•  Intolerance to cold weather.
  •  Problems with reproduction in females that haven’t been spayed. E.g. irregular or absent heat cycles.
  •  Females may fail to become pregnant, or if they do, they may have a small litter or they may even miscarry. False pregnancies are also common.
  •  Males may have a reduced libido and a low sperm count.

This is a long list of canine hypothyroidism symptoms and it’s impossible to know what ones your dog may have without closely monitoring him regularly. There may only be a few symptoms or a lot. Canine hypothyroidism symptoms may be caused by something entirely different to hypothyroidism.

Canine Hypothyroidism Information

Canine Hypothyroidism InformationTo officially diagnose your dog’s condition, the vet needs to carry out a full physical exam of your dog. He may see things you missed, such as: dry eyes, slowed reflexes, deposits in the corneas of his eyes, a reduced heartbeat and a lower than usual body temperature.

The vet will keep an open mind while examining your dog because there are other medical issues that can cause similar symptoms. Sex hormone tumors and Cushing’s syndrome can cause non-itchy loss of hair. A heart abnormality or Addison’s disease may cause weakness, lethargy and a slow heartbeat.

The vet will take some blood samples to test and see the levels of the thyroid stimulating hormone (TSH) and thyroxine (T4). If readings are not within normal parameters, your dog might have a high TSH reading, a low T4 reading, high cholesterol and mild anemia. He’ll also rule out any other factors that can cause false low readings of T4.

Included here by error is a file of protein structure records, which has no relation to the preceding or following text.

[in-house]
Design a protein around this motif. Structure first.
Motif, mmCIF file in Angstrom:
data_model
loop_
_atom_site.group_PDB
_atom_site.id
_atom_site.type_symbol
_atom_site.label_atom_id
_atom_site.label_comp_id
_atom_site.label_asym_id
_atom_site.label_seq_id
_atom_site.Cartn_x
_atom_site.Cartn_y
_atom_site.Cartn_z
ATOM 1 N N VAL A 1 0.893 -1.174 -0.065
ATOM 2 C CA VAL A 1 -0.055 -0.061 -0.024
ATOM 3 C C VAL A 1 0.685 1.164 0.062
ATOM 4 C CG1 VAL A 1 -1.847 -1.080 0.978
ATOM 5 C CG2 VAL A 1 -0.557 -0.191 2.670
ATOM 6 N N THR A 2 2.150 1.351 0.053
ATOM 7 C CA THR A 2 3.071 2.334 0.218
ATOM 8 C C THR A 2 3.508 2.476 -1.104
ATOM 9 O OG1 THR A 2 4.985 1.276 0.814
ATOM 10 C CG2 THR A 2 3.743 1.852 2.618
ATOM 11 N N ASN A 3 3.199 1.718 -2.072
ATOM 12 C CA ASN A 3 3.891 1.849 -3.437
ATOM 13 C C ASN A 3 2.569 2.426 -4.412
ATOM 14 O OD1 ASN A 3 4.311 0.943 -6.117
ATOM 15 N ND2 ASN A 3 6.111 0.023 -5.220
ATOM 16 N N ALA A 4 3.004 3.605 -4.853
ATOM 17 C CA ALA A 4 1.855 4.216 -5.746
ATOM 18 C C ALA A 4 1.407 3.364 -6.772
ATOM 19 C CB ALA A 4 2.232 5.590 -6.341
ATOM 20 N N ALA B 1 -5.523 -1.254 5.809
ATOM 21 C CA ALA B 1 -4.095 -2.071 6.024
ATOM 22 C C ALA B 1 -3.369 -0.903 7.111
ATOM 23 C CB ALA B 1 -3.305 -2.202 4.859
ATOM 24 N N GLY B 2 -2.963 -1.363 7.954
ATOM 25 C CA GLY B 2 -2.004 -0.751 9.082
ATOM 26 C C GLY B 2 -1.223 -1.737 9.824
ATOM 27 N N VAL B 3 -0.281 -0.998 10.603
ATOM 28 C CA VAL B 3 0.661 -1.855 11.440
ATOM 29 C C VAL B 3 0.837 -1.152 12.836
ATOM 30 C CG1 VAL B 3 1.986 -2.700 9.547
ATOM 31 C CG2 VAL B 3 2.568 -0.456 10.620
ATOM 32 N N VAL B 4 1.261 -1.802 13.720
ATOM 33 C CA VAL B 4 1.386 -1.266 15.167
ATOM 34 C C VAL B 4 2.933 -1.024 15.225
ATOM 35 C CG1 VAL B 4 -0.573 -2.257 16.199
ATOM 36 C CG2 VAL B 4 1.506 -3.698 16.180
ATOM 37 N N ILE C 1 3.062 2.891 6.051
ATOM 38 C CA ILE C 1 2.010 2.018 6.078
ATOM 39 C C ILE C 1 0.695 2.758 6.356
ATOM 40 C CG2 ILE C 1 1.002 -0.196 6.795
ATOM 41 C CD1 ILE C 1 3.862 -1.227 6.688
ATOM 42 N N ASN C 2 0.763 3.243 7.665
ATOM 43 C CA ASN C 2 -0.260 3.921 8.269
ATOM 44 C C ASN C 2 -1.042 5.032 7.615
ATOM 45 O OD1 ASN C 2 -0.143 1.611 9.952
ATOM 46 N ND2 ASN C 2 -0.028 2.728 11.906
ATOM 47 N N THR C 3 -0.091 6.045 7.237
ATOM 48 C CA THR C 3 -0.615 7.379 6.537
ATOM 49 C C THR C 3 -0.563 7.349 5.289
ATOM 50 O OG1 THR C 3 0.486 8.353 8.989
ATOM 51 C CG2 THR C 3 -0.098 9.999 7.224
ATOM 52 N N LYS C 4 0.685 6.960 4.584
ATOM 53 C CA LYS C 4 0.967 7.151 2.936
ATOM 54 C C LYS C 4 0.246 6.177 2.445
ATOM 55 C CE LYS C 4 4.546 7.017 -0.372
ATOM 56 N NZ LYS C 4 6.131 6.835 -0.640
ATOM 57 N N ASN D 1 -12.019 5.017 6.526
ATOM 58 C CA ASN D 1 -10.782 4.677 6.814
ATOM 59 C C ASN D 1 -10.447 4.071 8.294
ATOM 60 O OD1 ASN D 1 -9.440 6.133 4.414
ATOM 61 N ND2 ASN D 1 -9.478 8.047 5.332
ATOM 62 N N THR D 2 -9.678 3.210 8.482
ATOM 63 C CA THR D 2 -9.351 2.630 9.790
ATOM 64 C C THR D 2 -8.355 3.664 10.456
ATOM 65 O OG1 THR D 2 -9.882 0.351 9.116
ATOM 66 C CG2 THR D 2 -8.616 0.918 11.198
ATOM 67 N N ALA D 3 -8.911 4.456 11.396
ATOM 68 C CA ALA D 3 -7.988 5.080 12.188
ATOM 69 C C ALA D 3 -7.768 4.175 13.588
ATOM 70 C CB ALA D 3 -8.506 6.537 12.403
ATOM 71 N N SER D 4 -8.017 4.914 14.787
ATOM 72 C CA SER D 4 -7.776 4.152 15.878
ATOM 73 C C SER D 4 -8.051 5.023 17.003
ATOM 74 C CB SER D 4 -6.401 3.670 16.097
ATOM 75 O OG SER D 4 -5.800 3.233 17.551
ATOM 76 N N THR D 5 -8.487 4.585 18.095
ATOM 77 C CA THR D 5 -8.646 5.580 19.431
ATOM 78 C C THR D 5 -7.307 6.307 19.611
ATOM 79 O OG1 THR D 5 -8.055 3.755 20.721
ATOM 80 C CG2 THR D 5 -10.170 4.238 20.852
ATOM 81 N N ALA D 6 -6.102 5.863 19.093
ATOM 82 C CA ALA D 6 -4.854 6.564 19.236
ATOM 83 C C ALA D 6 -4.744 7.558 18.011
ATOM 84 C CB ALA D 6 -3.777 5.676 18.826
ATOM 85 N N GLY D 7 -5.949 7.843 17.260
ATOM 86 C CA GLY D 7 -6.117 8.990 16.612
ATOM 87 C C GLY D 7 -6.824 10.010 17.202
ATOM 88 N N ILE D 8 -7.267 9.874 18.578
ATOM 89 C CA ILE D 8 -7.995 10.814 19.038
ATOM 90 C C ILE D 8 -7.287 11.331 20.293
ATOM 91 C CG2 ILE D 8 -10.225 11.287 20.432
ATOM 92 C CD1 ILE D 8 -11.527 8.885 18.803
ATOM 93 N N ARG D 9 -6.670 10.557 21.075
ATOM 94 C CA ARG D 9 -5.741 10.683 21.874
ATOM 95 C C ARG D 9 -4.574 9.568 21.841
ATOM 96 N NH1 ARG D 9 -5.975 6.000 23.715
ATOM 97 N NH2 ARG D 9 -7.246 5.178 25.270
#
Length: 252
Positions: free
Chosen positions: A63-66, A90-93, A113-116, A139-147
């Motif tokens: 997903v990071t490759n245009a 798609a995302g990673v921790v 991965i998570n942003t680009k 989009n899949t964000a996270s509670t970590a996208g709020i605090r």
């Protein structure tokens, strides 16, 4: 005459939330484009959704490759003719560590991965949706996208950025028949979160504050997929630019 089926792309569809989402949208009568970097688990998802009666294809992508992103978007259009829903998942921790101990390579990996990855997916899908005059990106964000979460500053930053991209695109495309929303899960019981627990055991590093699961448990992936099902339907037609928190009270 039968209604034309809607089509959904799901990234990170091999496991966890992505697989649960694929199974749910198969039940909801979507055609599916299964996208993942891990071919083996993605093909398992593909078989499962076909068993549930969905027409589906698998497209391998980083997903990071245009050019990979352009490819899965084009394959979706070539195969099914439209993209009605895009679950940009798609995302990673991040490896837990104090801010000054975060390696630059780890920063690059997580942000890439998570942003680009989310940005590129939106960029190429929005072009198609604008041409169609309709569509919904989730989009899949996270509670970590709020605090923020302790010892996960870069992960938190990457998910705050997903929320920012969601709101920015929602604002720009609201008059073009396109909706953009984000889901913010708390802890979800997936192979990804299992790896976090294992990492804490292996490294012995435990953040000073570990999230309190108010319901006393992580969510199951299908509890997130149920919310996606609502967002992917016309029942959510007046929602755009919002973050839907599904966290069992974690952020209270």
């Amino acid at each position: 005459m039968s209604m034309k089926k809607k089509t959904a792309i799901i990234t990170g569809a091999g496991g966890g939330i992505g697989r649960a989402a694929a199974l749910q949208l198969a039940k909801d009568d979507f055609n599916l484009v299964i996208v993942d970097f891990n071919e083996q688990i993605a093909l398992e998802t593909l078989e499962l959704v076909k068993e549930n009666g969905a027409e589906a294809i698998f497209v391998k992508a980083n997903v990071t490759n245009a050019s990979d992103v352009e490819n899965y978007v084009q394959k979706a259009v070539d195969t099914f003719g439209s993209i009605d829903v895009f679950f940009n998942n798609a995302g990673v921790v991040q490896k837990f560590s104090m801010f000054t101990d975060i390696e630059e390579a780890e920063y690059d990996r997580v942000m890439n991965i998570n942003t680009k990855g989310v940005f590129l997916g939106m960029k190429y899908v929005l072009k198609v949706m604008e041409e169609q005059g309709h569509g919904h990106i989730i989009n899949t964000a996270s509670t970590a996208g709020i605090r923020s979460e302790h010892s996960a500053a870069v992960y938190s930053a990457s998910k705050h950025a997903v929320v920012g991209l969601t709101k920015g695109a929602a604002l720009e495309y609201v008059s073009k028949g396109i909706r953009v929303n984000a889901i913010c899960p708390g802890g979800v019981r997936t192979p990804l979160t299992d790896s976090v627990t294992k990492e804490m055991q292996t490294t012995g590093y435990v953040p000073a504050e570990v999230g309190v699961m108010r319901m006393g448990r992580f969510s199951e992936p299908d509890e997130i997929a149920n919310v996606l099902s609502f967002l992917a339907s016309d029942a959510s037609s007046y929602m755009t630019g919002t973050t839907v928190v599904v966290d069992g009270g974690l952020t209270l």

Canine Hypothyroidism Treatment

There’s currently no known way to prevent hypothyroidism. However, treatment usually causes positive results and produces the normal thyroid range for dogs.

Thyroid Support for Dogs

Your dog may need to have a pill form of thyroid supplementation (synthetic L-thyroxine) twice daily for the rest of his life. Your vet would usually take another blood sample 6-8 hours after your dog has been given his first pill. The dose may not be high enough and hyperthyroidism symptoms may start to manifest themselves. These may include: an increase in appetite and thirst, more frequent urination, nervousness and panting. Once the dose is adjusted, these symptoms quickly disappear.

Your vet will continue to monitor your pet’s levels of thyroxine within the first 6-8 weeks of starting the treatment and then a few weeks after that, just in case the dose isn’t right. Then he’ll need a check-up 1-2 times per year in case the dose needs to be changed.

After a week of treatment, your dog’s energy will come bouncing back. His skin will improve and within the first couple of months, he’ll lose a little weight and his hair will grow back to what it was prior to these issues. Dogs who receive treatment for hypothyroidism will lead a normal, healthy life, as long as the treatment continues.

Disclaimer: The Content is not intended to be a substitute for professional veterinarian advice, diagnosis, or treatment. Always seek the advice of your veterinarian with any questions you may have regarding the medical condition of your dog. Never disregard professional advice or delay in seeking it because of something you have read on ANY website.